Retirement Life
5 June 2024

Bonnie Garmus: age is the last thing that matters in writing

Bonnie Garmus's 2022 novel, Lessons in Chemistry, was one of those rare debuts that shot straight to the top of multiple bestseller lists and captured the hearts of millions of people around the world.

The plot

It tells the story of chemist and single mother Elizabeth Zott who accidentally ends up hosting a hit TV cooking show in 1960s America and inspiring a nation of housewives to take themselves and their dreams seriously.

Bonnie made a flying visit to the Auckland Writers’ Festival in May for an enlightening and often hilarious chat with Michele A’Court about life as a best-selling novelist.

Discovering that for some, age isn't just a number

One thing that bemuses Bonnie is the focus on her age. She was 65 when her first novel was published in 2022.


“I really had no idea how much people would care about my age. It’s the last thing that matters in writing. What does matter is working at the craft. In terms of the age question, I was so naïve. I’ve never picked up a book and thought, I wonder how old the author is!

“When I first was asked that question, I happened to be reading Marcus Aurelius and so I looked up his age and he’s about a thousand years old, so I’m doing pretty good,” she said, tongue firmly in cheek.


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Societal pressures

“I always feel sad about awards like ‘30 under 30’, ‘40 under 40’ and so on, because it’s so much pressure on time when in fact you have a lifetime ahead of you and there is no schedule for you to do what you want to do or succeed at.


“I worry so much about all the kids in college and the pressure to be something right now. That’s not necessary. It’s also not smart. I think it takes a long time to figure out who you are and I think that’s a fine schedule to be on. So, I’m perfectly happy.”


Getting into character

Lessons in Chemistry’s protagonist, Elizabeth Zott, is a brilliant chemist, which was a challenge Bonnie set for herself.

“I'm a copywriter and copywriters never ever write what they know. And I stupidly thought, well, I'll just make her a chemist and I’ll learn chemistry. Really, really bad idea. Turns out you can't google old science. Old chemistry is especially tricky.

“So, I had to buy a chemistry textbook from the 50s off eBay and teach myself chemistry. Unfortunately, I also decided to do some of the experiments in our flat and I set it on fire…twice.


Rowing also features heavily in the novel, something Bonnie didn’t have to learn from scratch.  


Picture by Moya Nolon

Picture by Moya Nolon

“I'm embarrassed to say I’m not a very good cook and I'm not a chemist, but I am a rower. And I wanted to write about something I knew. I needed something I didn't have to research, but also one of the main things in the book is balance. Rowing is the sport of balance. If you're not balanced in your eight or your four or your pair, or whatever you're rowing, then you end up doing this other sport called swimming,” she said.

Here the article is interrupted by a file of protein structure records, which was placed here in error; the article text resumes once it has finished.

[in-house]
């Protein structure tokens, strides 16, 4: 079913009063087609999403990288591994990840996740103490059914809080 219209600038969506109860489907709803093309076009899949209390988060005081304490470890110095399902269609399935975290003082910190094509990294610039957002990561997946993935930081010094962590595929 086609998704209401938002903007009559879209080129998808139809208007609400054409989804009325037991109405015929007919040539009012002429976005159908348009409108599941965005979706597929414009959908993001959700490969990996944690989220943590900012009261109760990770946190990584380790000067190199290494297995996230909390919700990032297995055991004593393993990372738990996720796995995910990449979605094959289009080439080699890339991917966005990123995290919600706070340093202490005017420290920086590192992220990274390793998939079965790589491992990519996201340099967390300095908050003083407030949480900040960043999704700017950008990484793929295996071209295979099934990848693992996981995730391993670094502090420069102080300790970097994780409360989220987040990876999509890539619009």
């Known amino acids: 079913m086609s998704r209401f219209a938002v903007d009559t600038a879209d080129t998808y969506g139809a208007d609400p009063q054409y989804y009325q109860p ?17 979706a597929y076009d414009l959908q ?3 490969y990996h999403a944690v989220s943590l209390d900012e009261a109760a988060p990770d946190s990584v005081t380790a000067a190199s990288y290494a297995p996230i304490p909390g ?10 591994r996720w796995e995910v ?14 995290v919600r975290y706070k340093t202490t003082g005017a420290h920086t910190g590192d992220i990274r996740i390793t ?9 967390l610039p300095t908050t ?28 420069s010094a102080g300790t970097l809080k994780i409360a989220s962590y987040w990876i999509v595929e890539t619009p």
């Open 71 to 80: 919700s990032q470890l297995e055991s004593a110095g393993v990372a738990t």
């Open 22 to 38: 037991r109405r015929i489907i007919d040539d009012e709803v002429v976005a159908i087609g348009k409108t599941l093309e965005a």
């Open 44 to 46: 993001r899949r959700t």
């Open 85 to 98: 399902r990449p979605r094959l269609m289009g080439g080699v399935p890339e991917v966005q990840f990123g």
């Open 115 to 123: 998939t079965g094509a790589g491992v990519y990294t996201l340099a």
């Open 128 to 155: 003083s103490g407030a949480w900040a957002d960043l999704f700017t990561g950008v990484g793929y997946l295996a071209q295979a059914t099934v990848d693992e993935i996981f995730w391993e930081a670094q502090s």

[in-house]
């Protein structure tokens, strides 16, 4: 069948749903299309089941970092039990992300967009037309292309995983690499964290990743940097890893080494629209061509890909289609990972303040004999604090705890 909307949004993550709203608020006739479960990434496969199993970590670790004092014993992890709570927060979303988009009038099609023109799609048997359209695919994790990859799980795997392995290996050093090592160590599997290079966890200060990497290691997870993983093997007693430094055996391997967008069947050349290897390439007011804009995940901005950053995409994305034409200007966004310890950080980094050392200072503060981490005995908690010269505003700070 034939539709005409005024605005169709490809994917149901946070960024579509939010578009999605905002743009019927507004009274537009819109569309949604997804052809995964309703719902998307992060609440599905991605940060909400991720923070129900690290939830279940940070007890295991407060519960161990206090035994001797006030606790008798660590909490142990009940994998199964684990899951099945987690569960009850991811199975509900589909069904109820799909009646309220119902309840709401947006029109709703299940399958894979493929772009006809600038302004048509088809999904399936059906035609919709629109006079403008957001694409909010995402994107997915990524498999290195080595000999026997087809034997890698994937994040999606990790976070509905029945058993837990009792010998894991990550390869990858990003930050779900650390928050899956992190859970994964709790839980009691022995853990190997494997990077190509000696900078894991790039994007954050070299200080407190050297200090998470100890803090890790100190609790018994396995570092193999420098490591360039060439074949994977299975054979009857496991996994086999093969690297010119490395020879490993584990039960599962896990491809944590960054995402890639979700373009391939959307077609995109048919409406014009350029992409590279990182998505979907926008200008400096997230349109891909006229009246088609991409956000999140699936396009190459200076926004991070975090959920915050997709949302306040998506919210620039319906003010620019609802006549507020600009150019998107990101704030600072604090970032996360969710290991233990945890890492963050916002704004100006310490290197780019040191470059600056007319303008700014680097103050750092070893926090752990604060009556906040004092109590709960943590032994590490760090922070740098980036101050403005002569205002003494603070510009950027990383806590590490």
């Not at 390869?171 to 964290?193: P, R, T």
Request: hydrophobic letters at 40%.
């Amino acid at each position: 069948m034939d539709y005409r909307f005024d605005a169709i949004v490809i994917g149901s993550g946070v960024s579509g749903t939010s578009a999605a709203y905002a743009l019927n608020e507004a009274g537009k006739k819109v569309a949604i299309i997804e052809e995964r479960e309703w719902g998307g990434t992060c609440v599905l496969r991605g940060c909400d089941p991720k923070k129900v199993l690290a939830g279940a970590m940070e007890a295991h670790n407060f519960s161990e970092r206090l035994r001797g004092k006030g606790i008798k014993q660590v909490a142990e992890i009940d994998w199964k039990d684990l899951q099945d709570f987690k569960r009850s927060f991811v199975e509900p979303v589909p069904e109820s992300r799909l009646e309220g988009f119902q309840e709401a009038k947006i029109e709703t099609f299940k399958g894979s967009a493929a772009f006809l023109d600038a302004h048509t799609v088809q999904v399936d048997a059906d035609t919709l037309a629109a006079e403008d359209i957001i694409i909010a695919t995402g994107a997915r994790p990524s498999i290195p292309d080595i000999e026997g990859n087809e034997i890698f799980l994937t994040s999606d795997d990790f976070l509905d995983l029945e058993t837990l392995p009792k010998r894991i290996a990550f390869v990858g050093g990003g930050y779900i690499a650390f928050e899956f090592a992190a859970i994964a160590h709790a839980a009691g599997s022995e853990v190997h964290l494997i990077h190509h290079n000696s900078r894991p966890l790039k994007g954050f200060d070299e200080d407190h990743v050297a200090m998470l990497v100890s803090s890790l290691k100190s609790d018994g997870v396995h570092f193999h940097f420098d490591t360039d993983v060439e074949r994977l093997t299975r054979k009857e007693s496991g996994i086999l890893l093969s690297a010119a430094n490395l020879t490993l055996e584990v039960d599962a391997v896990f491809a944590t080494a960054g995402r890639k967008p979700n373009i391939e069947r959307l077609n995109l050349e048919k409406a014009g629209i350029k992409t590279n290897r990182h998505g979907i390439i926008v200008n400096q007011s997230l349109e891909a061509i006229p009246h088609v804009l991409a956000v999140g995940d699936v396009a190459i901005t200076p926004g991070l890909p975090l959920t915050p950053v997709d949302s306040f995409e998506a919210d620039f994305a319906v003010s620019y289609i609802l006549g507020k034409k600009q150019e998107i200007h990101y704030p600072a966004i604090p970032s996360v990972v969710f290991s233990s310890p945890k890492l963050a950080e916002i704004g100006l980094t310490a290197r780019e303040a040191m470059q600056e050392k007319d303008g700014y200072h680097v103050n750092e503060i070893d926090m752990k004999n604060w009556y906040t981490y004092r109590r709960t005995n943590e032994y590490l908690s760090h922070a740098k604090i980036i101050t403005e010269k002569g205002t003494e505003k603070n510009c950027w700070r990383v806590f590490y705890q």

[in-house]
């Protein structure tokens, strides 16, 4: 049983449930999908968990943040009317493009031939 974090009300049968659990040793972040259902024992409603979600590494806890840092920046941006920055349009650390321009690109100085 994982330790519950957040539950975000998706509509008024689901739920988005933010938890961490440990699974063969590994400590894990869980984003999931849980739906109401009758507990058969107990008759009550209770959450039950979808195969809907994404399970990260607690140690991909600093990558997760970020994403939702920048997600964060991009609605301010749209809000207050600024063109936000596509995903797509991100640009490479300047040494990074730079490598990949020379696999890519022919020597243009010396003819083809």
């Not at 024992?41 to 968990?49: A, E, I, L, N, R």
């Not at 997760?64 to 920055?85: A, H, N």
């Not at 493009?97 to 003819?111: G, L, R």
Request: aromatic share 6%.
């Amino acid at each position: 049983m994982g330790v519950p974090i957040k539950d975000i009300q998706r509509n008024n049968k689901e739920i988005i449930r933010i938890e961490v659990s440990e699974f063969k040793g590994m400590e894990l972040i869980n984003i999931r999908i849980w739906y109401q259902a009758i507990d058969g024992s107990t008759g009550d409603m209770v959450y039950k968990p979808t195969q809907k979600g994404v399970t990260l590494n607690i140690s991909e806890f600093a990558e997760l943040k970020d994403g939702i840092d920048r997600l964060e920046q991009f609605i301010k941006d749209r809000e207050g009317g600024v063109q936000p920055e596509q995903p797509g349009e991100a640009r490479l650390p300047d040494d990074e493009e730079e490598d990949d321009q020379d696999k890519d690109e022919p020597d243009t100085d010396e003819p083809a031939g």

Finding real-life inspiration

One of the most beloved voices in Lessons in Chemistry is the dog, Six-Thirty – the only character based on a real-life living being.


“Our dog was named Friday. We got her from a shelter and she’d been horribly abused. I was pretty fearful of how she might react when our kids were really young. But she turned out to be this mixture of Einstein and Gandhi. She was the calmest dog in the world [and] the wise one in the family. We didn’t set out to teach Friday words. She sat at the table with us and would look at our mouths as we talked. She started demonstrating that she knew what we were talking about.


“One day, I was really late for work and was saying ‘where are my keys, I can’t find my keys’. Friday heard me and started looking in my briefcase, then she looked in my workout bag. And then she went through all the pockets in all the jackets in the hallway closet, found the keys and threw them on the floor and looked at me like: Can we go, now?” Bonnie recalled.


Expectation versus reality

Lessons in Chemistry has sold more than 7 million copies, which is around 7 million more than Bonnie expected.


“I never assumed it would even get published. It's been such a shock, so surreal for me. I think the first time I realised that this was a big deal was when my kids changed the picture of me on their phones. I found out on vacation when I accidentally dialled one of them and I saw my photo come up with ‘Global Phenomenon’ [instead of Mum] and I said ‘Oh, I like it!’.”


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Photo of Vanessa Glennie
Written by:

Vanessa Glennie

Vanessa is Head of Communications at Lifetime Retirement Income. She’s an experienced investment writer, having spent more than a decade writing about financial markets in the global fund management industry.

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